If someone claims they were assaulted, a finding that the act was not intentional does not mean the act was the result of negligence. It simply means the conduct was not an intentional tort for which recovery could be had. To hold otherwise, would result in conduct either being intentional or negligent, without any ability to find the conduct as neither.  It would place the defendant in a position of either being guilty of an intentional tort or of negligence, but never being found innocent of either.

This doesn’t mean that a finding of negligence can never be reached in a case where intentional conduct is also alleged.  It means only that to prove negligence, you must prove the individual elements, not merely show the defendant’s conduct was “unintentional.”

The Court of Appeals was busy this week publishing three decisions, impacting tort and insurance law. Below are short digests of the cases with links to each. I hope to have a more thorough digest of the cases involving automobile insurance issues in the very near future.

Adkins v. Kentucky National Ins. Co., affirming summary judgment on issue of whether plaintiff could stack UM coverage on three vehicles after insurer sent notice upon renewal that the formula for calculating the premiums would change from multiple premiums based on the number of vehicles to a single premium for units of coverage. No genuine issue on whether proper notice was sent and accepted.

Dyer v. Providian Auto and Home Ins. Co., affirming summary judgment on issue of whether plaintiff was entitled to recover UIM benefits for uninsured employee driver when settlement was paid by carrier of employer, who denied liability and coverage.

Mims v. Western Southern Life Ins. Co., vacating and remanding dismissal of claim of negligence in the change of beneficiary form by Western Southern when facts viewed in light most favorable to the nonmoving Mims clearly showed allegations of negligence claim. Claim merely needs to be asserted, in this case negligence. Whether it can be proved or is even a valid negligence claim is for summary judgment.

The Courts of Appeal were quite busy this week issuing 11 published decisions. As usual these published decisions frequently dealt with tort and insurance issues. I have listed some of those worth mentioning with a short digest and link to the opinion.

Stephenson v. American Family Mut. Ins. Co., (Promissory Estoppel). As a general rule, out-of-state insurance companies are not required to comply with Kentucky no-fault requirements for their insureds who are not Kentucky residents even when involved in motor vehicle accidents in Kentucky. However, when the insurer states that it will provide those benefits, which are relied upon to the insured’s detriment, the insurer will be estopped from later denying benefits.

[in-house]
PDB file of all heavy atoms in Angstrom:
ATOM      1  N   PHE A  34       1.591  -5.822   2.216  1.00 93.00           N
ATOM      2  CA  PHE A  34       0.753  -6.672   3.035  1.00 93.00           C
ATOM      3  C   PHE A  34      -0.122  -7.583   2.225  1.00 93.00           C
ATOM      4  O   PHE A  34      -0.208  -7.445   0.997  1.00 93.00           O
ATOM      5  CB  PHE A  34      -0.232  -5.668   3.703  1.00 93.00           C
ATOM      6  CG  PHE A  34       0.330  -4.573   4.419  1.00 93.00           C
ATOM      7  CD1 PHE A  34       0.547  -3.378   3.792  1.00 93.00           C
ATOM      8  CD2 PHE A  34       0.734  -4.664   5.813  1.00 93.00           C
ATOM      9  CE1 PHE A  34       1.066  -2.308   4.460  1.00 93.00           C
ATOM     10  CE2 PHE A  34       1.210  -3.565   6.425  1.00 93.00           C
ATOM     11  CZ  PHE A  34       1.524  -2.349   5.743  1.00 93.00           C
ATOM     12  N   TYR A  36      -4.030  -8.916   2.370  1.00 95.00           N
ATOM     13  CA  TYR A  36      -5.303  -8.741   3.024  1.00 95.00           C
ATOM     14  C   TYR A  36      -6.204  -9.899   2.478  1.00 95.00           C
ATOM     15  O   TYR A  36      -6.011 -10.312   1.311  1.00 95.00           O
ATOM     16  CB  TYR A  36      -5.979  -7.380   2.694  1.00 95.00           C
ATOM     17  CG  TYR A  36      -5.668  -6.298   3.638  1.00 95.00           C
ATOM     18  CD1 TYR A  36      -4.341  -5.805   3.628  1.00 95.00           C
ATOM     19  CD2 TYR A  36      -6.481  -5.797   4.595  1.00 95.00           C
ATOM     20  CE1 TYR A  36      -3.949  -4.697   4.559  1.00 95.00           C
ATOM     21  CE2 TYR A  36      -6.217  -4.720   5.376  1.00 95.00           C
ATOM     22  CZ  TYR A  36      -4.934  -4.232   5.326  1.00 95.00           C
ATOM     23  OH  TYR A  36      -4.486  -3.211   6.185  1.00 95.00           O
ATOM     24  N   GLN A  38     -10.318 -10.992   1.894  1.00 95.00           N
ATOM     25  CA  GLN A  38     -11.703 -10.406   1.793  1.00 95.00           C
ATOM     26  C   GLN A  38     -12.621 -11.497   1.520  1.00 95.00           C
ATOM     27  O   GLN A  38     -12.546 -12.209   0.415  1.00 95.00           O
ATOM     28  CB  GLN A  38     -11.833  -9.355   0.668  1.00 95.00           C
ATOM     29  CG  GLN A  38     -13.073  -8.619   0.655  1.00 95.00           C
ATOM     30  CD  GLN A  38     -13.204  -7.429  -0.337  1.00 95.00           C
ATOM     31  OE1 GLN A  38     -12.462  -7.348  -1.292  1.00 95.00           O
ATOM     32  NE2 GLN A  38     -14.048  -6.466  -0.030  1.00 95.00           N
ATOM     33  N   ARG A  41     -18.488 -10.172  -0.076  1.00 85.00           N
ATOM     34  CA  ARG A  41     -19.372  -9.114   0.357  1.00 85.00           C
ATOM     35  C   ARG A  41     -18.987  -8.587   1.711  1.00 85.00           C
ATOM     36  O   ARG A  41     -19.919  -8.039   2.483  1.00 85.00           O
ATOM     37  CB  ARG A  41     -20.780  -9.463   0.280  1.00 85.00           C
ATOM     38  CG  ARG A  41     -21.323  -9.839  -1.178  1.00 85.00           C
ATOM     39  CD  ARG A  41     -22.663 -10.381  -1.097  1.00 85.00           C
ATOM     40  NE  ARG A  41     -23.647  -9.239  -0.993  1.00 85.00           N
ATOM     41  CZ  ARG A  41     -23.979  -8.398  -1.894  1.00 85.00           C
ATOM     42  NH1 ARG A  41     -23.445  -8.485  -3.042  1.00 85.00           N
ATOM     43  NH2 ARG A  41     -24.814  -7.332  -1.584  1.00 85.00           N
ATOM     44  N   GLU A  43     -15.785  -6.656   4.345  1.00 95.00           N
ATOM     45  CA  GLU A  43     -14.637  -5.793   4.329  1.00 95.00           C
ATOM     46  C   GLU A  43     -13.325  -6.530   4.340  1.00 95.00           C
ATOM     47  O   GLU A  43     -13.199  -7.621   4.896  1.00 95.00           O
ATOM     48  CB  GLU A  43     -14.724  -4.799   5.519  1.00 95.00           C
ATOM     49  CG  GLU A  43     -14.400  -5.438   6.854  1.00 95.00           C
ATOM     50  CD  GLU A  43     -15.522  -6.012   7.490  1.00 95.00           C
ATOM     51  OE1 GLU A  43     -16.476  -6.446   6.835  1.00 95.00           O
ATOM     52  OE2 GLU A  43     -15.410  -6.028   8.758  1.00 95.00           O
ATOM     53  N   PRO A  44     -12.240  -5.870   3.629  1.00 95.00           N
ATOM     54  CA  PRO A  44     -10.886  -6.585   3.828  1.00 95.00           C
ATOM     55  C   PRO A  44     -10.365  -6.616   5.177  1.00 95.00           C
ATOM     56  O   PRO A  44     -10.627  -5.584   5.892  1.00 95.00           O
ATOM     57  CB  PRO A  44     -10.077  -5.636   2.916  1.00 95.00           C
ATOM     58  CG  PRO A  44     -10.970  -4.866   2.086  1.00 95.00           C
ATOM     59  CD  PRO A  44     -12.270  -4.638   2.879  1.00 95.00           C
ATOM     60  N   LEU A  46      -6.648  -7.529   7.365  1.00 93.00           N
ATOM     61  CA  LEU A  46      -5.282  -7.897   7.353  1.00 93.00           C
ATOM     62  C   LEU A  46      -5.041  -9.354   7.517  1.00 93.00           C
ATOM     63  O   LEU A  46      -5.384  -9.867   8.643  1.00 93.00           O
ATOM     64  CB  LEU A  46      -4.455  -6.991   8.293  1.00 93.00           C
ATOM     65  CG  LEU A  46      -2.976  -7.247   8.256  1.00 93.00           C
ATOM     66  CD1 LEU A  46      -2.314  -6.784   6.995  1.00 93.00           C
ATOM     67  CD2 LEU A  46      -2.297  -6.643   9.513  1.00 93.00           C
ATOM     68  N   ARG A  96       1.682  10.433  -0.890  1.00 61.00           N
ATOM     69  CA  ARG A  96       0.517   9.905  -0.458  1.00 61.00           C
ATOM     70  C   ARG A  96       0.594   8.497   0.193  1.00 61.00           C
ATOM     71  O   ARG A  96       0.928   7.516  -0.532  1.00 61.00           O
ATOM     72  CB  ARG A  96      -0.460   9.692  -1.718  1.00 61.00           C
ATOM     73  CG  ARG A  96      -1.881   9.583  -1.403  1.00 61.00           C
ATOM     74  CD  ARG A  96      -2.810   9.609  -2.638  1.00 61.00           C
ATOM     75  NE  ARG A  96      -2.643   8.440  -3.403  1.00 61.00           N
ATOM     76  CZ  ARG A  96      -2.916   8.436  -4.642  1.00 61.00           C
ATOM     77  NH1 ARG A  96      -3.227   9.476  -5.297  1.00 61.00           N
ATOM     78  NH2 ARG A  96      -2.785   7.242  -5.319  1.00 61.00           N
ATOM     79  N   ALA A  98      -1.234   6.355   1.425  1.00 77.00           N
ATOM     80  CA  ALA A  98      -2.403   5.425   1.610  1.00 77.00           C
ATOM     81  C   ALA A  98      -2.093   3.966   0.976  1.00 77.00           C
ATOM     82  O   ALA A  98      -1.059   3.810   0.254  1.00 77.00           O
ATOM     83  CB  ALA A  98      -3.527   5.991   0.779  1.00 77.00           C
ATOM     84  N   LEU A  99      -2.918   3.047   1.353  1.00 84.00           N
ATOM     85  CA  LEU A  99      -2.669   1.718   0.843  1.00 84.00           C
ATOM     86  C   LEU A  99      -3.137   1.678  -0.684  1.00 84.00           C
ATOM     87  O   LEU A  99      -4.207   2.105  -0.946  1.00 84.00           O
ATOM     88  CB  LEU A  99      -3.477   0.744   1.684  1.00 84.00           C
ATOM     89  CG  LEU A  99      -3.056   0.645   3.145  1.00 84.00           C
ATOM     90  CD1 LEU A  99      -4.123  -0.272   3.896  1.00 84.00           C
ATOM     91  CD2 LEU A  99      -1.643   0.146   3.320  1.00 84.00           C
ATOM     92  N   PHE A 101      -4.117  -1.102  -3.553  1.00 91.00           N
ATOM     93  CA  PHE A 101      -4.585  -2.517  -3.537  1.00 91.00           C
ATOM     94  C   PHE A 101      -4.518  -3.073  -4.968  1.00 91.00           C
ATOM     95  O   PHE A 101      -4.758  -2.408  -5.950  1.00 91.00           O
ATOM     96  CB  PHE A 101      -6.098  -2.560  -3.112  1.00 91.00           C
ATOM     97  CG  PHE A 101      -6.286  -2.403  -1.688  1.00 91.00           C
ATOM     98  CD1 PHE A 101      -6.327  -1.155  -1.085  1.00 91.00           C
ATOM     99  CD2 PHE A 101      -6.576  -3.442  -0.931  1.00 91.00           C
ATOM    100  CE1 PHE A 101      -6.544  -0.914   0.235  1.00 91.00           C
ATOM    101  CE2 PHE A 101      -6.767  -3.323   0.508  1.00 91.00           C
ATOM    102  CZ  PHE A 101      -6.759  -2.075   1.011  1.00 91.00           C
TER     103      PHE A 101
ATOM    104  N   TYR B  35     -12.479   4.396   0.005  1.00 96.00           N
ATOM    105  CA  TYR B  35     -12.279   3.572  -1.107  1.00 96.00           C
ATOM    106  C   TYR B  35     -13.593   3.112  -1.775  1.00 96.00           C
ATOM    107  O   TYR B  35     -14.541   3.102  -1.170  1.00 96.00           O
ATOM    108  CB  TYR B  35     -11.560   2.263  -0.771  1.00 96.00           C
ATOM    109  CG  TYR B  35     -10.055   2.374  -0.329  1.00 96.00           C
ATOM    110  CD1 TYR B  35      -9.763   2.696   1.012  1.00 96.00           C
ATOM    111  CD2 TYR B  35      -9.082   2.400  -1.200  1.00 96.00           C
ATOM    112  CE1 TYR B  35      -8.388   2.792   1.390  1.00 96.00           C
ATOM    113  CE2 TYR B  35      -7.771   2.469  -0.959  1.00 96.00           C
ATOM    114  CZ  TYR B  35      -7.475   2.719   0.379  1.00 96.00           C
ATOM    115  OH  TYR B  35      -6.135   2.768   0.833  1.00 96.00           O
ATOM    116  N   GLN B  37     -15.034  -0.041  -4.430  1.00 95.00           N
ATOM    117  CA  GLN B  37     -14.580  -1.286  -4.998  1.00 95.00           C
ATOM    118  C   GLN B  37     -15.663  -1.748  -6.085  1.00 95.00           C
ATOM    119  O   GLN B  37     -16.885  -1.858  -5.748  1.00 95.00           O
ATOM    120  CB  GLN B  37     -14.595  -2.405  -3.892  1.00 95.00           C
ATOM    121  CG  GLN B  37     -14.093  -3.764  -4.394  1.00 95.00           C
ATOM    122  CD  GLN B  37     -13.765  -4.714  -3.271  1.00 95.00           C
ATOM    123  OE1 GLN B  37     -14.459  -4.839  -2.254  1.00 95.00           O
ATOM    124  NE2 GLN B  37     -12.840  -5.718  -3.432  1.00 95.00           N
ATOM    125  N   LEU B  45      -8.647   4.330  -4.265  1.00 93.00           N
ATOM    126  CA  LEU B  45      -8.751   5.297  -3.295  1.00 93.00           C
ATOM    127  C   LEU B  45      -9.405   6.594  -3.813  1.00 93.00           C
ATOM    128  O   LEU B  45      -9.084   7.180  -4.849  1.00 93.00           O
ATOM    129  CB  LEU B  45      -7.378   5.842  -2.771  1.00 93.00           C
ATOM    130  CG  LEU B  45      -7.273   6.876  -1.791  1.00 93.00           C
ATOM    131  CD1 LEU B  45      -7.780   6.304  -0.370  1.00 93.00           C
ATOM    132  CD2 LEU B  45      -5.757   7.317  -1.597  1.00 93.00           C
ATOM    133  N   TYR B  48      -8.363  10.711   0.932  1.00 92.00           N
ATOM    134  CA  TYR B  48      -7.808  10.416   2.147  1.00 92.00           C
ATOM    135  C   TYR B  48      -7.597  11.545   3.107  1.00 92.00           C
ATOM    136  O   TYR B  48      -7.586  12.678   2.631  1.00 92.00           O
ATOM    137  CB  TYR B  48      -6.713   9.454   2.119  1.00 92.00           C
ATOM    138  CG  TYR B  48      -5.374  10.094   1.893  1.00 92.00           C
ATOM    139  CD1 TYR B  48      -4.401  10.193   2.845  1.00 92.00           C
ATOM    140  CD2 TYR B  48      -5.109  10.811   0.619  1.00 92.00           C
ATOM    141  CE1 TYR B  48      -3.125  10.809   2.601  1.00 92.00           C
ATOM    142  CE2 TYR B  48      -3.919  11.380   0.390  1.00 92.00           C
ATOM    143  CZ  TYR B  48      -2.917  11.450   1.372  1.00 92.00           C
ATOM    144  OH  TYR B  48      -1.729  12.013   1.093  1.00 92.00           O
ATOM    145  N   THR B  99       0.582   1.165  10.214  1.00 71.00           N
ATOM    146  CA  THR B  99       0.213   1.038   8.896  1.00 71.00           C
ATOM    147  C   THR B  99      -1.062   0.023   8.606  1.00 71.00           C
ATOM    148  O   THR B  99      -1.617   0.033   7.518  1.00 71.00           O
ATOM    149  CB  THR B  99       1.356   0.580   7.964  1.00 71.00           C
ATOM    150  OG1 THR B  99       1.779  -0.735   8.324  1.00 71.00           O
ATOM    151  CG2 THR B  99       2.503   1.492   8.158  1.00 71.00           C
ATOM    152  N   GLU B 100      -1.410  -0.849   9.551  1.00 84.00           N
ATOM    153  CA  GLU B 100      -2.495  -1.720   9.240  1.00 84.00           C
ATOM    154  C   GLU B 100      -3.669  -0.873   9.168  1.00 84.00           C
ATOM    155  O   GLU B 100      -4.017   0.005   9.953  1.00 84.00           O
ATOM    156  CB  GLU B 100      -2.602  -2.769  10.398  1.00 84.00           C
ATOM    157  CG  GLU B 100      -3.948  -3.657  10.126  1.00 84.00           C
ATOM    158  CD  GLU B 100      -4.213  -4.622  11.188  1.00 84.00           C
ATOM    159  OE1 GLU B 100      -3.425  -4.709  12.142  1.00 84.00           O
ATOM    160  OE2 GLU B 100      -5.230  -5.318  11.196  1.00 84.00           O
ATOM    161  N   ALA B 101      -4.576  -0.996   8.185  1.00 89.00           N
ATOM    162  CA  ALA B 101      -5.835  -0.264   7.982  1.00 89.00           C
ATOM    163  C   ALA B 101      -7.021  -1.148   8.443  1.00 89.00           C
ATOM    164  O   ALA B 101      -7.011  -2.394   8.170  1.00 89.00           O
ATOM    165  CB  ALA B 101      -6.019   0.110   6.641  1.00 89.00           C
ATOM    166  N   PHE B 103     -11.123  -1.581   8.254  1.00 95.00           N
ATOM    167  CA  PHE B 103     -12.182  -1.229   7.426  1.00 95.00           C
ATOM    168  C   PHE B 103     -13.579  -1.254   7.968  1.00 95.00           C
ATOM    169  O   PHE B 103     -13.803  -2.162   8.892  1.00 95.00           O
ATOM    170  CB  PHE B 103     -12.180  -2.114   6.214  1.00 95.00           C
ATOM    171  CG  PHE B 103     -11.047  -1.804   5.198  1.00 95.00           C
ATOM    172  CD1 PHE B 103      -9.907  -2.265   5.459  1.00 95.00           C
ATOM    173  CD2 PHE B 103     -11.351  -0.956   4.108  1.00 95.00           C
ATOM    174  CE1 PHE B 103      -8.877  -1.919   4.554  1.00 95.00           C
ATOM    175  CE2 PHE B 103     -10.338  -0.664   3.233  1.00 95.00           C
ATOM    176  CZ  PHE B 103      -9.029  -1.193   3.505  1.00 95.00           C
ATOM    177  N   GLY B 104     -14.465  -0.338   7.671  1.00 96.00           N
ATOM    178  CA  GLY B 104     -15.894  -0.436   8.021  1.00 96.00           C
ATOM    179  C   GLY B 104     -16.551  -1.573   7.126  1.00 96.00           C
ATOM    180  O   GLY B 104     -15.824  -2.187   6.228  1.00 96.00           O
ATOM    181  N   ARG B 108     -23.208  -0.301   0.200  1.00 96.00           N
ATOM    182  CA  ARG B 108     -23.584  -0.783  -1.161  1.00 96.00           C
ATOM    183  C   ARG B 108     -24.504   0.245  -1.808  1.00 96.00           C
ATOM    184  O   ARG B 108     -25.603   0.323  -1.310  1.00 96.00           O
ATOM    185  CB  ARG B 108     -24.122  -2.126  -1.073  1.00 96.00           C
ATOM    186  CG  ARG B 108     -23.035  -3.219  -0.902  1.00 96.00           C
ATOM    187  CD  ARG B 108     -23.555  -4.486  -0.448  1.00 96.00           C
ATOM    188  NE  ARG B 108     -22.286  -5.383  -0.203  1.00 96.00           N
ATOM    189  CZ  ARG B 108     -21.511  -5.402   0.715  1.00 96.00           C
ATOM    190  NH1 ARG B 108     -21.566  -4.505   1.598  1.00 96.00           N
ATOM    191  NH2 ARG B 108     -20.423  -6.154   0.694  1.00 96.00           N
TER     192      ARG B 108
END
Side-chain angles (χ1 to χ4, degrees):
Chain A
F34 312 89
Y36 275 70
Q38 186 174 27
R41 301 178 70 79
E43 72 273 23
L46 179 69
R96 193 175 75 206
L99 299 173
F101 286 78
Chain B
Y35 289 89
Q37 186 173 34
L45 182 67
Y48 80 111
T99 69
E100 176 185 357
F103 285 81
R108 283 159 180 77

Batts v. Illinois Central Railroad Co., (Statute of Limitations, Revival). Appointment of executor of estate takes place for purposes of revival at the time the order is signed by the judge and not when it is entered. Standing to file motion for revival exists at that point. As long as that motion is filed within one year, the action is revived even if the order is not entered until later.

Estate of Turner v. Globe Indemnity Co., (UIM, Covered Auto). For UIM to be implicated party must be operating a covered vehicle or a temporary substitute for covered vehicle. The substitute must be out of service because of its breakdown, repair, servicing, loss or destruction. Evidence showed that there were serviceable fleet vehicles available to Turner, but that he chose to drive his own vehicle for his own convenience.

Rippetoe v. Feese, (Zero Damages, Experts). Rear end accident case where jury awarded zero damages upon stipulation of liability. No error to award zero damages when evidence exists that injuries result from cause other than motor vehicle accident. Also, no error in allowing expert testimony when expert was listed by Plaintiff as possible expert, Plaintiff never objected to deposition notice, and deadlines were moved due to continuances.